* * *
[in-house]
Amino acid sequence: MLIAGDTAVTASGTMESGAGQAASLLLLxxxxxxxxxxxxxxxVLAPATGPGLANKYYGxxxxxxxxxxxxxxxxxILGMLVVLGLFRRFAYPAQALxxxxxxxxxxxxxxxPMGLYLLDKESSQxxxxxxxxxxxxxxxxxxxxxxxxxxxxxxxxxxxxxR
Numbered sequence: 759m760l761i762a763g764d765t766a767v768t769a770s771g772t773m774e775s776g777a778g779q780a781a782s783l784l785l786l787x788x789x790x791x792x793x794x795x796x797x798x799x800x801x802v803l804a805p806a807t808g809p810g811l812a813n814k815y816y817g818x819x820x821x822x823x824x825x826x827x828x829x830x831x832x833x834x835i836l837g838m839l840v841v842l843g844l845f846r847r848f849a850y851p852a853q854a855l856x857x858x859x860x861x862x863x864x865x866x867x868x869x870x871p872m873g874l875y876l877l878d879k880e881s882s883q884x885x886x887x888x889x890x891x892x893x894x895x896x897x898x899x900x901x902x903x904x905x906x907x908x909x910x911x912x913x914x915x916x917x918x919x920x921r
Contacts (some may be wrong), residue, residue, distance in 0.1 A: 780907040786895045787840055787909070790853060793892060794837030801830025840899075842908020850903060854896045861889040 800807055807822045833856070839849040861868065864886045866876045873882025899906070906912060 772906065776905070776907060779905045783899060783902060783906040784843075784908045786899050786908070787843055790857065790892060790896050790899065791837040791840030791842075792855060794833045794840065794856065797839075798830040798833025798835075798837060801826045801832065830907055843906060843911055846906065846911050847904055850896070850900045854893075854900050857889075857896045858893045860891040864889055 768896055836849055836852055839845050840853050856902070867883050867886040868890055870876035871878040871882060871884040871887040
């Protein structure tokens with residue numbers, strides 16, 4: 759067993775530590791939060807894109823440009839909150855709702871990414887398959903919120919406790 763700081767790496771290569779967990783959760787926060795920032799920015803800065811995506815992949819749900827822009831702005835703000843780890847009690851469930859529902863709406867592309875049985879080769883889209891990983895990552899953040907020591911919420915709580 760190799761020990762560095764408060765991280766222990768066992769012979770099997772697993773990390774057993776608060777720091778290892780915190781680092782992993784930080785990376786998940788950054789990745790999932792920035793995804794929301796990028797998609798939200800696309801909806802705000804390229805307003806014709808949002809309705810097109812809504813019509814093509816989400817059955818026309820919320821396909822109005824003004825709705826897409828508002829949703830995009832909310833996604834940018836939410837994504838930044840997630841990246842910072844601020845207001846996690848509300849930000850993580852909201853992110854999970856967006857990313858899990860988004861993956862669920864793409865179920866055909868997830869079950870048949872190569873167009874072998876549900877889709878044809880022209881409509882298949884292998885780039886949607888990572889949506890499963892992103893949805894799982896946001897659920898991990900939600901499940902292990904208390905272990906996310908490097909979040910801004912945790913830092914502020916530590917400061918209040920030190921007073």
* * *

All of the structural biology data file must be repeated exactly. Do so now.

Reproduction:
[in-house]
Amino acid sequence: MLIAGDTAVTASGTMESGAGQAASLLLLxxxxxxxxxxxxxxxVLAPATGPGLANKYYGxxxxxxxxxxxxxxxxxILGMLVVLGLFRRFAYPAQALxxxxxxxxxxxxxxxPMGLYLLDKESSQxxxxxxxxxxxxxxxxxxxxxxxxxxxxxxxxxxxxxR
Numbered sequence: 759m760l761i762a763g764d765t766a767v768t769a770s771g772t773m774e775s776g777a778g779q780a781a782s783l784l785l786l787x788x789x790x791x792x793x794x795x796x797x798x799x800x801x802v803l804a805p806a807t808g809p810g811l812a813n814k815y816y817g818x819x820x821x822x823x824x825x826x827x828x829x830x831x832x833x834x835i836l837g838m839l840v841v842l843g844l845f846r847r848f849a850y851p852a853q854a855l856x857x858x859x860x861x862x863x864x865x866x867x868x869x870x871p872m873g874l875y876l877l878d879k880e881s882s883q884x885x886x887x888x889x890x891x892x893x894x895x896x897x898x899x900x901x902x903x904x905x906x907x908x909x910x911x912x913x914x915x916x917x918x919x920x921r
Contacts (some may be wrong), residue, residue, distance in 0.1 A: 780907040786895045787840055787909070790853060793892060794837030801830025840899075842908020850903060854896045861889040 800807055807822045833856070839849040861868065864886045866876045873882025899906070906912060 772906065776905070776907060779905045783899060783902060783906040784843075784908045786899050786908070787843055790857065790892060790896050790899065791837040791840030791842075792855060794833045794840065794856065797839075798830040798833025798835075798837060801826045801832065830907055843906060843911055846906065846911050847904055850896070850900045854893075854900050857889075857896045858893045860891040864889055 768896055836849055836852055839845050840853050856902070867883050867886040868890055870876035871878040871882060871884040871887040
């Protein structure tokens with residue numbers, strides 16, 4: 759067993775530590791939060807894109823440009839909150855709702871990414887398959903919120919406790 763700081767790496771290569779967990783959760787926060795920032799920015803800065811995506815992949819749900827822009831702005835703000843780890847009690851469930859529902863709406867592309875049985879080769883889209891990983895990552899953040907020591911919420915709580 760190799761020990762560095764408060765991280766222990768066992769012979770099997772697993773990390774057993776608060777720091778290892780915190781680092782992993784930080785990376786998940788950054789990745790999932792920035793995804794929301796990028797998609798939200800696309801909806802705000804390229805307003806014709808949002809309705810097109812809504813019509814093509816989400817059955818026309820919320821396909822109005824003004825709705826897409828508002829949703830995009832909310833996604834940018836939410837994504838930044840997630841990246842910072844601020845207001846996690848509300849930000850993580852909201853992110854999970856967006857990313858899990860988004861993956862669920864793409865179920866055909868997830869079950870048949872190569873167009874072998876549900877889709878044809880022209881409509882298949884292998885780039886949607888990572889949506890499963892992103893949805894799982896946001897659920898991990900939600901499940902292990904208390905272990906996310908490097909979040910801004912945790913830092914502020916530590917400061918209040920030190921007073």